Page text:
What lead up to the Salem and Saskatoon hysterias is strikingly similar. The similarity ends there. A community leader returned to Salem from England in 1692 and he said that it was the hunting of witches that was the work of the Devil and it was the Devil that led foolish men to do the work of the Devil by hanging innocent people. The court in Salem was abolished. The General Court of Massachusetts passed a motion deploring the action of the judges. Jury members signed a statement of regret. Indemnities were paid to family members of the victims hanged. Some of those who made false statements later confessed. It was over in Salem in about a years time. This is outstanding, in 1692 the people confessed to unlawful activity, paid compensation and searched for the truth. The rule of law was restored. This was the result of leadership, Christian values and a society that valued good old common sense in doing what was proper, it was the right thing to do.

In Saskatchewan the people did not know what happened, when the authorities came to their senses the people responsible in government and the courts did just the opposite to what happened in Salem. A good number of people in authority were not capable of coming to their senses, they live in their world of hysterical delusions year round, to this day they believe that they saved the people of Saskatchewan from clever cultists who were baby killers, drinking blood and eating eyeballs and worked with "brood mares" -- women who breed children specifically to sacrifice them.

For over ten years the government of Saskatchewan and the courts engaged in the cover-up. The media and reporters who published information about the cases were charged and off to the court with them. People discovered that two eight year old girls making the accusations were in fact being sexually and physically abused and it was not being done by the people who were charged. They picketed to let the people know that the girls were being raped with the full knowledge of the court and officers of the court. They were charged and off to jail with some of them. In a way there was a special court set up in Saskatoon. It did not deal with the sex abuse cases, it was set up to deal with the cover-up of the child-abuse hysteria, the brake down of the rule of law and the worst case of child abuse at the hands of government officials and courts in Saskatchewan history.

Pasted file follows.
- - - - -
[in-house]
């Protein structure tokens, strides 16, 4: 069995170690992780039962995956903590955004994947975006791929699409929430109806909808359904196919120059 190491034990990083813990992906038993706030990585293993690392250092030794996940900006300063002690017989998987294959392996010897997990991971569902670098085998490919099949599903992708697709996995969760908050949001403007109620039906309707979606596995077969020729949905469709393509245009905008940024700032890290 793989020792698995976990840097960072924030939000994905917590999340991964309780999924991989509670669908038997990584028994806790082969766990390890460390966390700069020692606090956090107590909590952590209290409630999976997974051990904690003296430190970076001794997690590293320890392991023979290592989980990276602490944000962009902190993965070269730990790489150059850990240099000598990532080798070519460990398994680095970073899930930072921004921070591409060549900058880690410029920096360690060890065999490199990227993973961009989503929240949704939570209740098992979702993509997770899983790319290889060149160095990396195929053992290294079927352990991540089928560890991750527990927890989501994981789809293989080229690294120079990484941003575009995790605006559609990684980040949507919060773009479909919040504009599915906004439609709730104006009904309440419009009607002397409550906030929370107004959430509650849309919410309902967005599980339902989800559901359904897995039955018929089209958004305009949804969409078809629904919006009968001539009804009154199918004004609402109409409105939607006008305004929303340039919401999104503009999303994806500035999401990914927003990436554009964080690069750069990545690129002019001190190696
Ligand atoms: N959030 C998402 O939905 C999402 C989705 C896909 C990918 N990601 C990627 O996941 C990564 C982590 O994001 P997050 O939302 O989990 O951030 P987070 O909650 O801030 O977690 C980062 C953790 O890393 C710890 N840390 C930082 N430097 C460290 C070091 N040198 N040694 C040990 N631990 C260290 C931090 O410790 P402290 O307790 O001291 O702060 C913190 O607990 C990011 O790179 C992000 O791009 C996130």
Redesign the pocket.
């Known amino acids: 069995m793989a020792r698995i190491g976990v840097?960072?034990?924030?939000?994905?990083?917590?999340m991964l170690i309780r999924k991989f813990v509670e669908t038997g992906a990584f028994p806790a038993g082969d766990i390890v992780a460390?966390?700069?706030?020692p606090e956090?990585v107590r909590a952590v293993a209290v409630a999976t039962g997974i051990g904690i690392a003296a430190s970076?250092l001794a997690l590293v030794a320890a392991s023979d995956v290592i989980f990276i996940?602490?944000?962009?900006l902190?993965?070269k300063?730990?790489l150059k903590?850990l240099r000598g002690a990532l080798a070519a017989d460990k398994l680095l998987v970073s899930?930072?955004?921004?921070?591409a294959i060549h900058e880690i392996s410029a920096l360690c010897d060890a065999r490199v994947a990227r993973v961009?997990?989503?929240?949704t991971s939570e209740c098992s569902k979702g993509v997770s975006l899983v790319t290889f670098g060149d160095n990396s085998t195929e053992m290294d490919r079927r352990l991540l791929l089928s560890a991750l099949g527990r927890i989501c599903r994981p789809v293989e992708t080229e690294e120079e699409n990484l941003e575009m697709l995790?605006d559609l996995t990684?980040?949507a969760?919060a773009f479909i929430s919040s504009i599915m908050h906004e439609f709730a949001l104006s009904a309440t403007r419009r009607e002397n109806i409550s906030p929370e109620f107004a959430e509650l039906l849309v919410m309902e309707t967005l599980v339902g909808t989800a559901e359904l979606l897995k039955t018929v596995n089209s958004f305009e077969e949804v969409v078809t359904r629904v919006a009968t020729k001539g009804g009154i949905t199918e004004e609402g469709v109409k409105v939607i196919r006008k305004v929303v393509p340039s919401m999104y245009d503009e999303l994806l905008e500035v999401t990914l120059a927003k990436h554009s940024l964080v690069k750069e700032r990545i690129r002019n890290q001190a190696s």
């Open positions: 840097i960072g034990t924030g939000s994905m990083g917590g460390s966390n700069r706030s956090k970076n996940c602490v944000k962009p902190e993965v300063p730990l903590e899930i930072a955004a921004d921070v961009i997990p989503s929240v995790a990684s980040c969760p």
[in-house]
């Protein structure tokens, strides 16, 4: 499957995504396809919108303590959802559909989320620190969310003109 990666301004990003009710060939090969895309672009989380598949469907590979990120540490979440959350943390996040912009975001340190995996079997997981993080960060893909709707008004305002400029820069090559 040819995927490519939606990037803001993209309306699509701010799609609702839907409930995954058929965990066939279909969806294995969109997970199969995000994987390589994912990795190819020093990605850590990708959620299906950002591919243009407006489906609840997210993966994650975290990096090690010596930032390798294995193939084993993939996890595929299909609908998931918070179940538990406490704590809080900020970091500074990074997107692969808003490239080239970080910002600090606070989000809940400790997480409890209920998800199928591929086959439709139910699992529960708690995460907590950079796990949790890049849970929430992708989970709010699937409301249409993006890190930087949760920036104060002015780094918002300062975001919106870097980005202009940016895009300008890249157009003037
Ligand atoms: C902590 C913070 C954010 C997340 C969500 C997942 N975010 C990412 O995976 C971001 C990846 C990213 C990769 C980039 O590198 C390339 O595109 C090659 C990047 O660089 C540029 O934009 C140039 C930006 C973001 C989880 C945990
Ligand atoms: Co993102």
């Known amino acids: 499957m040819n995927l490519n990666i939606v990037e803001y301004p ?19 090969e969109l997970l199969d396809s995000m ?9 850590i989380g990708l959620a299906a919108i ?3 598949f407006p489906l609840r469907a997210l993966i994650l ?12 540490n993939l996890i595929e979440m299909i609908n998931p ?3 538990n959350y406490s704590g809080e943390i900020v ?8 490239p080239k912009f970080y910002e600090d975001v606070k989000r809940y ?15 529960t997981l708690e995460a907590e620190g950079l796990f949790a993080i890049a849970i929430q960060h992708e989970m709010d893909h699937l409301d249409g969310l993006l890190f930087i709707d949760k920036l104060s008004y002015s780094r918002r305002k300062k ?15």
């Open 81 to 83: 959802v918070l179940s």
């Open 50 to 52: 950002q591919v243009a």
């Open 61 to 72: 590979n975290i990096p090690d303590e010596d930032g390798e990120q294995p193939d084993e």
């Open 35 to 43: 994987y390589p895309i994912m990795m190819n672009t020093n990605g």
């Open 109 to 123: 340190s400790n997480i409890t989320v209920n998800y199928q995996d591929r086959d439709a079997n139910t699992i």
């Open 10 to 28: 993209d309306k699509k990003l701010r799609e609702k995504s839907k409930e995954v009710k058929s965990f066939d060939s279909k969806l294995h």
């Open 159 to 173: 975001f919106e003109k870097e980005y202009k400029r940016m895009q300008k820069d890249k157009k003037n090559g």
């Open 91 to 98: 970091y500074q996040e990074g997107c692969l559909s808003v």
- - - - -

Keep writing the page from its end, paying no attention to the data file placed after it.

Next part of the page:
The appeal of the Baynton Judgement is nothing short of a government protecting itself, the court and the people responsible. As we have seen with Mr Dueck, no one is going to be held accountable. Brad Wall, the Leader of the Official Opposition, said in his Christmas interview that the scandal of the century in Saskatchewan has to do with potatoes. There is a lack of a credible Official Opposition in Saskatchewan. The people have no voice in Regina. If the NDP party feels a need to protect the people of Saskatchewan from the Devil and Satanist rings the good Reverend Lorne Calvert and his coalition church at work gang need to stop using government agencies and the court, resign and build a church in Riversdale.

Richard Klassen is being encouraged to run in the next civic election in Saskatoon for the mayor’s chair. Open a bank account in Riversdale for donations to his campaign fund, I encourage Mr Klassen to run in the next provincial election in Riversdale. The people of Saskatchewan and Riversdale need a voice in the Legislative Assembly. The campaign platform could be an independent inquiry into the administration of justice in Saskatchewan. He could say to anyone that ask him why if he decided to run: “The Devil made me do it”.
James Hunter

1 comment:

Anonymous said...

Good site! Excellent format. Saskatchewan may have hope yet. Start of Milgaard Inquiry also noted. The inquiry process, Canada's version of a grand jury, being the last stop on the road to justice is the place and time for some hard questions to be asked. Some one up there needs to pay close attention to what goes on in there. Information has been sent questioning the involvement of certain police members. Will those questions be asked or even allowed. We will see. A link to this one page was also sent to the commission. http://www.mindytran.human-rights.org/rcmp_sanctioned_killers.htm
Keep at em
D. Ambrose